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I am curious about vacuous truth in logic. I searched Google for various resources, including here. What I could learn from the paper was that I could not know the history or background of vacuous truth, but I could see that vacuous truth was developed by philosophers and mathematicians such as Quine. However, I am not sure whether the content in question is about mathematical vacuous truth, and I would like to know about the history, background, and origin of the beginning of mathematical vacuous truth.

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  • $\begingroup$ I'm not sure that we can find the "first usage" of this term... $\endgroup$ Apr 10 at 7:09
  • $\begingroup$ The "origin" of the concept are clearly due to the truth table for material conditiona. $\endgroup$ Apr 10 at 7:24
  • $\begingroup$ @MauroALLEGRANZA Hello, thank you for your comment. But is it true that the Quine in the file I posted in the question above is related to vacuous truth in a mathematical sense? $\endgroup$ Apr 10 at 8:25
  • $\begingroup$ I think not; see page 4; when the Author says that "statements that spell out meaning relations [...] are true purely in virtue of their meaning: they are vacuously or degenerately true", he is referring to statement like "all bachelors are unmarried" that are true because thay are expressing a definition. $\endgroup$ Apr 10 at 8:38
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    $\begingroup$ For an early occurrence of "vacuous truth" in the sense of universal conditional with empty antecedent, see e.g. Roderick M. Chisholm, The Contrary-to-Fact Conditional (Mind, 1946), page 298: "the paradoxes of 'vacuous truth' which we have considered in the cases of the material and universal conditionals". $\endgroup$ Apr 10 at 8:39

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I think that the content on p.66 of this book can be a fundamental starting point, even if it is not mathematical, for vacuous truth.

Kant produced an elaborate transcendental idealism to solve his own problem for mathematics and for purportedly apriori cognition in the natural sciences. Kant's theory is philosophically profound and a continuing source of philosophical insight. But, quite apart from its appeal to a putative capacity for pure intuition, its resort to the view that spatial and temporal structures are at bottom mind-dependent seems to me to disqualify it from serious candi- all in dacy They any The for genuine held way being that positivists made pure true. knowledge true responded by, of mathematics a and to are subject the and not logic true matter problem are of, a by must only subject be trying to vacuously guided matter. protect and true They and justified held empiricism. are that not by perceptual-causal relations to the subject matter. Kant anticipated this view by holding that logic, though not mathematics, is vacuously true. These appeals to vacuity were, I think, decisively overthrown by Quine in the middle of the twentieth century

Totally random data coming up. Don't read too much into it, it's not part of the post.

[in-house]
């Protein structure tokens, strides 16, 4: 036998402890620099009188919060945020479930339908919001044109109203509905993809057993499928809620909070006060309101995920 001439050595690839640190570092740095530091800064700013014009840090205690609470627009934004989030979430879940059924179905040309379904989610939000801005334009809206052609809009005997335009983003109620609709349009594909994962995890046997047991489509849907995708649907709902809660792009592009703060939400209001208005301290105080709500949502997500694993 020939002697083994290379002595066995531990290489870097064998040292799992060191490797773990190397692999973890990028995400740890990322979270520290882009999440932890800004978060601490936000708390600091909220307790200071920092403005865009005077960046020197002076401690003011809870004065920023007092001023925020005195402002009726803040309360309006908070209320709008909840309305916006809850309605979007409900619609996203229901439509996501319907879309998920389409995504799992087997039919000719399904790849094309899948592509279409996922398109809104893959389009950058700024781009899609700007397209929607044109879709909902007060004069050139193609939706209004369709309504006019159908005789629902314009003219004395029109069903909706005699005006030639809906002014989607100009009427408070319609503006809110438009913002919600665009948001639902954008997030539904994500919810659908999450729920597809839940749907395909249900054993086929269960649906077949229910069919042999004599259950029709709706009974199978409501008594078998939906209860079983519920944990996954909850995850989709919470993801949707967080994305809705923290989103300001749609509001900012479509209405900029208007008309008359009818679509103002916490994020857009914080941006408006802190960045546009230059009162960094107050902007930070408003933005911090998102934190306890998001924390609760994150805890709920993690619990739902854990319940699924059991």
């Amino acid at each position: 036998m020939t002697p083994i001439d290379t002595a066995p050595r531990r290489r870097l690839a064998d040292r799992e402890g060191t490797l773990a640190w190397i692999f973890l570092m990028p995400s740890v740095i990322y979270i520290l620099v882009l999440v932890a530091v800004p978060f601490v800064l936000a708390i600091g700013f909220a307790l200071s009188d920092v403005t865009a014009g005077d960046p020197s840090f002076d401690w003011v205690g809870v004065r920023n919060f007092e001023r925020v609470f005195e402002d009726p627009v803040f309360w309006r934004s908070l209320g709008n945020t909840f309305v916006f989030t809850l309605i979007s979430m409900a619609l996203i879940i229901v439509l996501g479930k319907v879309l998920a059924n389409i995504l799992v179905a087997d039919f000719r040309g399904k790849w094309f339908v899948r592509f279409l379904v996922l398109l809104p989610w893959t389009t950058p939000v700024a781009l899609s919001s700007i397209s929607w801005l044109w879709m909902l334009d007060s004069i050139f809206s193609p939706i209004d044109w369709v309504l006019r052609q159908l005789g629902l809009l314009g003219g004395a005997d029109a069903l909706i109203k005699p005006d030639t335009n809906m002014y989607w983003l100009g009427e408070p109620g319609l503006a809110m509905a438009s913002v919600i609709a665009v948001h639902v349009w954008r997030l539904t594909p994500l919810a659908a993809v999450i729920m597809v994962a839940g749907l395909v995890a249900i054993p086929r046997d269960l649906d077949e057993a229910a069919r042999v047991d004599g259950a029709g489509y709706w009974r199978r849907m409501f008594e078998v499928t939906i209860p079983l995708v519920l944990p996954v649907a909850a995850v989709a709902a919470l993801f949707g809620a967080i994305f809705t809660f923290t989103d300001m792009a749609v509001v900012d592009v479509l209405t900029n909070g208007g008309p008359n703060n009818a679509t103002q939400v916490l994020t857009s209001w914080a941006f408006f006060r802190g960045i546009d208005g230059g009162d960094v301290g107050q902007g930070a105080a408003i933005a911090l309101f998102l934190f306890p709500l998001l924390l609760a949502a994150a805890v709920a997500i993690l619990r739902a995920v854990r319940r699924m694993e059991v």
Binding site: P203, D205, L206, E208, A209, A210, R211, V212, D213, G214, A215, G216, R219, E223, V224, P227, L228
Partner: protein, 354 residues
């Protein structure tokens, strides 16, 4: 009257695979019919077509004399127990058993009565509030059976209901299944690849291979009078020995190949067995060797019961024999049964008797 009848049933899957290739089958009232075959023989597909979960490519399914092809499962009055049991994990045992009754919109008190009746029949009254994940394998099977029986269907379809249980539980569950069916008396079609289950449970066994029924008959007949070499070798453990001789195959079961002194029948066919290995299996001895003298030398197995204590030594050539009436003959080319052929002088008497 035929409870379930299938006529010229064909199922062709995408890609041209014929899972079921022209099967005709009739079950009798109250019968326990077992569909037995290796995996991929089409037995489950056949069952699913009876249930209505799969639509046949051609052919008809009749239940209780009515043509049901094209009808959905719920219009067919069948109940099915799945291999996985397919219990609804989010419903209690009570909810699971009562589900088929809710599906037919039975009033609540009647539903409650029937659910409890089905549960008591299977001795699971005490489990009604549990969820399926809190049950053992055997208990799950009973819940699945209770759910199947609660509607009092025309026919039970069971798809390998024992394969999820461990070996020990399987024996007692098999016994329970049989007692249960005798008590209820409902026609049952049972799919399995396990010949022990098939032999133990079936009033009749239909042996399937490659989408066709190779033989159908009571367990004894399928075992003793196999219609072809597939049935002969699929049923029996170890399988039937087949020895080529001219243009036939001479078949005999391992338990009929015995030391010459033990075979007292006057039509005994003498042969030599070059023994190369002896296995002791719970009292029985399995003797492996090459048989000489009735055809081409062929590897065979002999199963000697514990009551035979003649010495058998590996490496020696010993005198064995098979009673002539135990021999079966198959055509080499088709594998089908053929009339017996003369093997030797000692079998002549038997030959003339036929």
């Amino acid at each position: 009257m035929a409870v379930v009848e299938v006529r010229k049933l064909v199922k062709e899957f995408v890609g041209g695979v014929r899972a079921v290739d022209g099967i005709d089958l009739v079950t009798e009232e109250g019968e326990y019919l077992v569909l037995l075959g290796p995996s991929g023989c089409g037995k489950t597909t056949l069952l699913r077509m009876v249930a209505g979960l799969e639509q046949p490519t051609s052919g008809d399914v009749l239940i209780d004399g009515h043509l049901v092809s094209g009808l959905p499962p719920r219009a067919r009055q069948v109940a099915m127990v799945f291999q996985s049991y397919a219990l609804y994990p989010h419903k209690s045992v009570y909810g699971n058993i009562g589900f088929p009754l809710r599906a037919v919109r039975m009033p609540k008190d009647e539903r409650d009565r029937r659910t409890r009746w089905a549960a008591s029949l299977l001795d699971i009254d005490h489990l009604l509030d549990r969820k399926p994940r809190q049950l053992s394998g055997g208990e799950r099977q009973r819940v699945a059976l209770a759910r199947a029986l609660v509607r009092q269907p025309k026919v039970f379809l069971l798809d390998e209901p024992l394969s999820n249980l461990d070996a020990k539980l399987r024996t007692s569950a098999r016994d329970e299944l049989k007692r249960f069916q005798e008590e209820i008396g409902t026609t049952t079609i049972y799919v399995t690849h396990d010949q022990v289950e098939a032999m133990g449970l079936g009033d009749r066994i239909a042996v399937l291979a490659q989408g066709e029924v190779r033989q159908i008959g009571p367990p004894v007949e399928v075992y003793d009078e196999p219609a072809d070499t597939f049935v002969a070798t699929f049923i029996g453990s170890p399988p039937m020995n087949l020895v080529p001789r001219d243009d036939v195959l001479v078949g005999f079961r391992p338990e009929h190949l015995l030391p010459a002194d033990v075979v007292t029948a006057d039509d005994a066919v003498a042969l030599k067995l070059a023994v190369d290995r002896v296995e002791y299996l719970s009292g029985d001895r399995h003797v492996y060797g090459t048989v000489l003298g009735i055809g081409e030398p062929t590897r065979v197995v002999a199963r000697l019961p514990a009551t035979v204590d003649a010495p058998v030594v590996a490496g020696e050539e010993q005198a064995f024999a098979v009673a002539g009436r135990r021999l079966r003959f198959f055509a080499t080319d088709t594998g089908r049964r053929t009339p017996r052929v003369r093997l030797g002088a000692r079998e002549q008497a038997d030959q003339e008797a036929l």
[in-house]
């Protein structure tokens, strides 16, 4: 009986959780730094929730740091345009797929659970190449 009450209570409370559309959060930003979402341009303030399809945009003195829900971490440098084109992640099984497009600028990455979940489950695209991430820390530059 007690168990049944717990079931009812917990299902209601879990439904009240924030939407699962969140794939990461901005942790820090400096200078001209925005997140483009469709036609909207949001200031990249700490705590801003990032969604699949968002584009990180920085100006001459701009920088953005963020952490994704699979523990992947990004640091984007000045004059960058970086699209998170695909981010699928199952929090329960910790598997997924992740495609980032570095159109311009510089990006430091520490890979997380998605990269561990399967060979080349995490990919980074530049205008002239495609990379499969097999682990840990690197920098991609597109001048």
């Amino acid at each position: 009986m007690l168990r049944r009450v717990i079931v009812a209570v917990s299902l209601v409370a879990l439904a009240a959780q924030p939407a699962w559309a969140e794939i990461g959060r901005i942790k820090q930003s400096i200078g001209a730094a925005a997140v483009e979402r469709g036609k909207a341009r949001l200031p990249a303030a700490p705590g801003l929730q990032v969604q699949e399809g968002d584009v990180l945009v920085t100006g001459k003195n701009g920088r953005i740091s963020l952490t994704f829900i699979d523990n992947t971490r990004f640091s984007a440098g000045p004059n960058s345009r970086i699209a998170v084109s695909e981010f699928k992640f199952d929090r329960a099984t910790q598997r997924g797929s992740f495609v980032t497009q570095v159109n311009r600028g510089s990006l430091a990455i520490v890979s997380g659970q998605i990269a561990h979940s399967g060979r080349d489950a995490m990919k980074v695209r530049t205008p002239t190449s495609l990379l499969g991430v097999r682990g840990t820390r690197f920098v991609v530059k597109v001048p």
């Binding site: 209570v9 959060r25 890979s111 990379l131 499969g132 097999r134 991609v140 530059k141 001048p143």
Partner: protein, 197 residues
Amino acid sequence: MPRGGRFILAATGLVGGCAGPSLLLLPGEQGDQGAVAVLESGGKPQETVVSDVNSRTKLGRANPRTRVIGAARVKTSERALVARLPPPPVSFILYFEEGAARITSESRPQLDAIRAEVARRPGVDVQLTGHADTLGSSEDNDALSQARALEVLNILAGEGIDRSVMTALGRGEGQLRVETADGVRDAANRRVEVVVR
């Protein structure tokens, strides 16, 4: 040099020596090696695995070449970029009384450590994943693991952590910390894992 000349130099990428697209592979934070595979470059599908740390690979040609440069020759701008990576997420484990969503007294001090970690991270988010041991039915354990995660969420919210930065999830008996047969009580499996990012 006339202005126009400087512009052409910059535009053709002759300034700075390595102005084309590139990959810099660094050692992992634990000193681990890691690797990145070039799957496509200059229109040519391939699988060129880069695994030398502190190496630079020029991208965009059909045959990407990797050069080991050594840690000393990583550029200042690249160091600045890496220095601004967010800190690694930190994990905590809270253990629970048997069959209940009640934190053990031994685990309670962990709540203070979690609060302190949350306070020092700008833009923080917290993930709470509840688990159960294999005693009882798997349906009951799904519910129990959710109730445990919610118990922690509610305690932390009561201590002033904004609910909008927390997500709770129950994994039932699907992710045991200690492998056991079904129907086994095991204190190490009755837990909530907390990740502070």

As above, I believe that Kant's thoughts are the starting point of vacuous truth.

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    $\begingroup$ But this is not the vacuous truth of universally quantified conditional statement. This refers to the same meaning referenced in the OP's post: "statements that spell out meaning relations [...] are true purely in virtue of their meaning: they are vacuously or degenerately true". $\endgroup$ Apr 12 at 10:32
  • $\begingroup$ @MauroALLEGRANZA Thank you for your comment. I was saying, didn't the ideological starting point of vacuous truth begin with Kant? $\endgroup$ Apr 12 at 11:04
  • $\begingroup$ @MauroALLEGRANZA I am writing a comment because I am not sure. Where did you look at the part I quoted in the book and how did you judge that it was not a universally quantified conditional statement? $\endgroup$ Apr 12 at 18:35

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